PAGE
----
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Seven vie for Warren BOE seats

Three seats up for grabs and candidates have many ideas for schools

October 30, 2009
By Kate York,

The possibility of new schools is seen as the biggest issue facing the Warren Local district by the candidates competing for three open seats on the Board of Education in Tuesday's election.

Seven people, including two incumbents, are running for the three seats. Board member Dan Johnson, whose term is also expiring, did not file to run again.

The challengers

Two of the five contenders for the board seats have held positions in the district before in recent years.

Bob Crum, 61, of Belpre, was a two-term board member in the 1990s, while Sid Brackenridge, 62, of Little Hocking, retired as the district's treasurer in 2008.

"I think my learning curve in regard to the finances will be a lot less than anyone else's," said Brackenridge. "But I think it's my experience as a treasurer, as someone who's lived in the area my whole life, who's had children in the area and graduated in the area - because of all of that I know the needs of our children. And I want to help shape a good learning environment for them."

Fact Box

The candidates

Bob Allen, 52, of 25 Hillcrest Ave., Little Hocking.

Sidney Brackenridge, 62, of 205 Baker Road, Little Hocking.

Robert Crum, 61, of 173 Saint Andrews Blvd., Belpre.

Garry Marks, of 100 Lake Road, Belpre.

Dan McDermott, 48, of 1951 Graham Road, Cutler.

Douglas Reeder, 57, of 375 Lewis Pointe Drive, Vincent.

Phil Zeller, 43, of 200 White Oak St., Vincent.

Brackenridge said he would rely on voters to determine if the district should partner with the state to build new schools but does think the current buildings aren't benefiting the children.

"When kids are in the buildings and for the last hour-and-a-half of the day it's so hot that they're sleepy and lethargic, that doesn't work," he said. "They can't concentrate."

Crum, in the insurance business after 24 years in the U.S. Air Force, said he would like the board to explore how to have the entire community benefit from new buildings, should they be constructed.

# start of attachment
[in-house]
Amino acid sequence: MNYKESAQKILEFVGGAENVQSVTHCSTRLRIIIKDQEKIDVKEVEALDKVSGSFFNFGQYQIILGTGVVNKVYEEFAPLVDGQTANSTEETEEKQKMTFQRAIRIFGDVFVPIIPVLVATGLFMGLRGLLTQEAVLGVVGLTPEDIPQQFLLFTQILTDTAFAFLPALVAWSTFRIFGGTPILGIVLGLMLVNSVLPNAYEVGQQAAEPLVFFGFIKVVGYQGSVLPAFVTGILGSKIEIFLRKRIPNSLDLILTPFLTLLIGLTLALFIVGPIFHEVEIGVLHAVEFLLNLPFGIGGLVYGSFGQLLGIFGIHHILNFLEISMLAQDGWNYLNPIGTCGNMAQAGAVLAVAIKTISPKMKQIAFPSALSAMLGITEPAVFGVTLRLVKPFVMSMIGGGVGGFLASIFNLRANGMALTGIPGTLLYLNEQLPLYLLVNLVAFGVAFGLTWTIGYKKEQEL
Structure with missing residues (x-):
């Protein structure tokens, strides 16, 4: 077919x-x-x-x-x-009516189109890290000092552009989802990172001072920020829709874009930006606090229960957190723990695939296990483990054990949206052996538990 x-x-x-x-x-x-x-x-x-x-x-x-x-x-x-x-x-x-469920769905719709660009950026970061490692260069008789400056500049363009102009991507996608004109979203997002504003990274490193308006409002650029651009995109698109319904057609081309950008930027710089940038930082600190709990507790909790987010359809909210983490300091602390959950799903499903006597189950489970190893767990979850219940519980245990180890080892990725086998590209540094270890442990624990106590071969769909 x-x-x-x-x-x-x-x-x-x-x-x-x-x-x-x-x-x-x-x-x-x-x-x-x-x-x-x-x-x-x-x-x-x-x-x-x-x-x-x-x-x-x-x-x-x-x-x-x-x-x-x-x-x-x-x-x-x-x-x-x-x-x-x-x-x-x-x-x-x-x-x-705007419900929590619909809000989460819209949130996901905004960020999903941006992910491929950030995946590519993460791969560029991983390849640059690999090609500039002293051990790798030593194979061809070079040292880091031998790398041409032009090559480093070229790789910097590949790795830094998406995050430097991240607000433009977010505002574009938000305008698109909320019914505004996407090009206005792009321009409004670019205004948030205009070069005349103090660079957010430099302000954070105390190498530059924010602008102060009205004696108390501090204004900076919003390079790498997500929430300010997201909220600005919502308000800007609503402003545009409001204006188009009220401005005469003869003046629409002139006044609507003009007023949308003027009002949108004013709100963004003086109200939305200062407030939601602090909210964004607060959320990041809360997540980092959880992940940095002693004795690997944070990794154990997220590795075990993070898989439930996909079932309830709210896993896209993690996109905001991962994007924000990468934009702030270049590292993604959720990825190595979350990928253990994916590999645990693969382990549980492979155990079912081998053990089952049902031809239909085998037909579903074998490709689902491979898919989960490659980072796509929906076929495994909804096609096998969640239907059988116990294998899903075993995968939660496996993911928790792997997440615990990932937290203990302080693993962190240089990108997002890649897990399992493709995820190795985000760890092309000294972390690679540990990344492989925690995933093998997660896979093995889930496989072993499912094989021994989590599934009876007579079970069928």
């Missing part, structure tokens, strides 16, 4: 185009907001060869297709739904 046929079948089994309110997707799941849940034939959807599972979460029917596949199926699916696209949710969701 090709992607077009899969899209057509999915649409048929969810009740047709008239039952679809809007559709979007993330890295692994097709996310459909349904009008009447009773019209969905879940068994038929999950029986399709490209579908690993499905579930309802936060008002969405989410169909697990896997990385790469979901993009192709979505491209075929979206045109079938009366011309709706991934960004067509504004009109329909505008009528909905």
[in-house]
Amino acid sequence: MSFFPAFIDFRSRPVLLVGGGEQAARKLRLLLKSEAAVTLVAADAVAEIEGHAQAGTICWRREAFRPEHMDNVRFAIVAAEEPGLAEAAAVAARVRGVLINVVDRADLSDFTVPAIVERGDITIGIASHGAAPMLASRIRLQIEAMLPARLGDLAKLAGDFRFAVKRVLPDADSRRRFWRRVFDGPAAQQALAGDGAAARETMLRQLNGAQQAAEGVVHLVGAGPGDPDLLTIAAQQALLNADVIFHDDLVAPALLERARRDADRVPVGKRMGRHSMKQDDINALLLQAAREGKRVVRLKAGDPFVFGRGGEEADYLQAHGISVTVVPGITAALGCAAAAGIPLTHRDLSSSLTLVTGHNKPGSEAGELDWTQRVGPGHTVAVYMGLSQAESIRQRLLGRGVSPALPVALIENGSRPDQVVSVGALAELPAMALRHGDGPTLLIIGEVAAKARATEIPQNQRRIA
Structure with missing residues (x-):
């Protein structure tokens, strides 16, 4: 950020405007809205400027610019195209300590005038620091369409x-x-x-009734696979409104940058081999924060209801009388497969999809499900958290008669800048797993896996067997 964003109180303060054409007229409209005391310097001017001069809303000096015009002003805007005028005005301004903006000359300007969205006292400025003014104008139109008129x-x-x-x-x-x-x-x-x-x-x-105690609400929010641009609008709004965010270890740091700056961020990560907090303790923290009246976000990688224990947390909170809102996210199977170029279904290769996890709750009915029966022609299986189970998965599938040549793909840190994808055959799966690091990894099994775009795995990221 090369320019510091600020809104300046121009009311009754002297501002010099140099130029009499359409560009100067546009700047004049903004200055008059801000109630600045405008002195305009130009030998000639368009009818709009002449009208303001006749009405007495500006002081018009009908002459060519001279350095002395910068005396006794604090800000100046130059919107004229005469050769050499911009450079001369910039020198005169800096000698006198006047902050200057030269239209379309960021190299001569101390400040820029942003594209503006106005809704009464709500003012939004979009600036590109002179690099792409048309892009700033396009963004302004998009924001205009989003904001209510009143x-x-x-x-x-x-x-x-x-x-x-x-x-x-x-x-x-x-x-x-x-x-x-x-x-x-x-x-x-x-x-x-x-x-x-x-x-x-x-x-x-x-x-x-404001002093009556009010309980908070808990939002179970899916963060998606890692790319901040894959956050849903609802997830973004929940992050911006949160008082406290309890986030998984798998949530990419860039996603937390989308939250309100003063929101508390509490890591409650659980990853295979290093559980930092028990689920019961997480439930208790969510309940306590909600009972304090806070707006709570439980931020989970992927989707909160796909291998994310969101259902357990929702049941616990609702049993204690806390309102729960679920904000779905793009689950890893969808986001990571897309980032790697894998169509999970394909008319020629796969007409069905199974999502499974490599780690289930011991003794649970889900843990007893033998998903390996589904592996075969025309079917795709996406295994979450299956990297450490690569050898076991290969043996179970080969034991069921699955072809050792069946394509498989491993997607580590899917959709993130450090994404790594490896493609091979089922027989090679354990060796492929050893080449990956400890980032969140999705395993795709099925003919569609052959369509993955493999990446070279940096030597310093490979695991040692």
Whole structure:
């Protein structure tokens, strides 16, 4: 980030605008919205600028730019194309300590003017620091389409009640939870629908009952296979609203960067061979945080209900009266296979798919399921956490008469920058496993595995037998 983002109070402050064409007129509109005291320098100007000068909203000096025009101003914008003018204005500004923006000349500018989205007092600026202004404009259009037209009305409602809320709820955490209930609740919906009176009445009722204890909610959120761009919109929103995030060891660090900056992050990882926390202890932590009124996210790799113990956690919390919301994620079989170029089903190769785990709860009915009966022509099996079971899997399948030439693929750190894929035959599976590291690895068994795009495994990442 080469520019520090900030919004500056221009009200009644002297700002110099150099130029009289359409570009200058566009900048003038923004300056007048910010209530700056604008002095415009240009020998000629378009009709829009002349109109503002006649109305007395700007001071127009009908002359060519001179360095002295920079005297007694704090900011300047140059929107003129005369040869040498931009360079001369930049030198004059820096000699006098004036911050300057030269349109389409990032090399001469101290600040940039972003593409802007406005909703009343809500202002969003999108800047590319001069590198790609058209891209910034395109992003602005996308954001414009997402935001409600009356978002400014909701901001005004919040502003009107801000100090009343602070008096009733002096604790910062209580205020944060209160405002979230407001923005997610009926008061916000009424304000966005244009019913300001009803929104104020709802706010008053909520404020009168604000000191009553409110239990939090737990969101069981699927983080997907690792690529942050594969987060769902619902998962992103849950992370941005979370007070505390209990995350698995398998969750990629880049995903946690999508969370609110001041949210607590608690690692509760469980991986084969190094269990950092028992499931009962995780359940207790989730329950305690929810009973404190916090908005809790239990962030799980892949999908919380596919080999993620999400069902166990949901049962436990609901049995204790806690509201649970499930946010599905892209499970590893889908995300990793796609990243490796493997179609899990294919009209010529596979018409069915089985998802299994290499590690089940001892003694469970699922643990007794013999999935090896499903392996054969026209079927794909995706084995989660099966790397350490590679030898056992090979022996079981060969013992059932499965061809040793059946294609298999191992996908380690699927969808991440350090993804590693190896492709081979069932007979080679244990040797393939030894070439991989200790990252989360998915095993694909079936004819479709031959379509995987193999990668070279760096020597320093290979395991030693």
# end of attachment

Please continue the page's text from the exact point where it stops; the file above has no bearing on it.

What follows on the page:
"I think if the community does this, there should be more benefit for them," he said. "I'd like to see the schools opened up more, maybe to senior citizens as a place to go in the evenings for coffee and bingo. Someone might want to hold a family reunion in the cafeteria. When people ask what's the benefit for them for the increase in taxes, we should have an answer."

Crum, whose wife is a teacher at Barlow-Vincent Elementary, said he's also concerned about employee relations in the district, and employee benefits in particular.

"That's something I'd like to look at," he said. "And I think I'd be a good fit for the board because I communicate well and I have patience."

The new faces

Candidates Doug Reeder, 57, of Vincent, and Phil Zeller, 43, of Vincent, have never run for public office before, but both say they have a passion for education and a desire to serve.

"I just wanted to be able to help out," said Zeller, an engineer at DuPont. "There are the continuing struggles with reduced funding and the upcoming facilities issue.... I think we're at a point where we need to make some serious decisions and move forward."

Zeller said he wants to see more data on possible school construction but does thinks the current schools need updated.

"Getting the buildings replaced seems to be a good choice, but there may be some other good ideas out there that I would like to hear," he said.

Another goal he has is to work to get all of Warren's schools to achieve the state's highest ranking, Zeller said.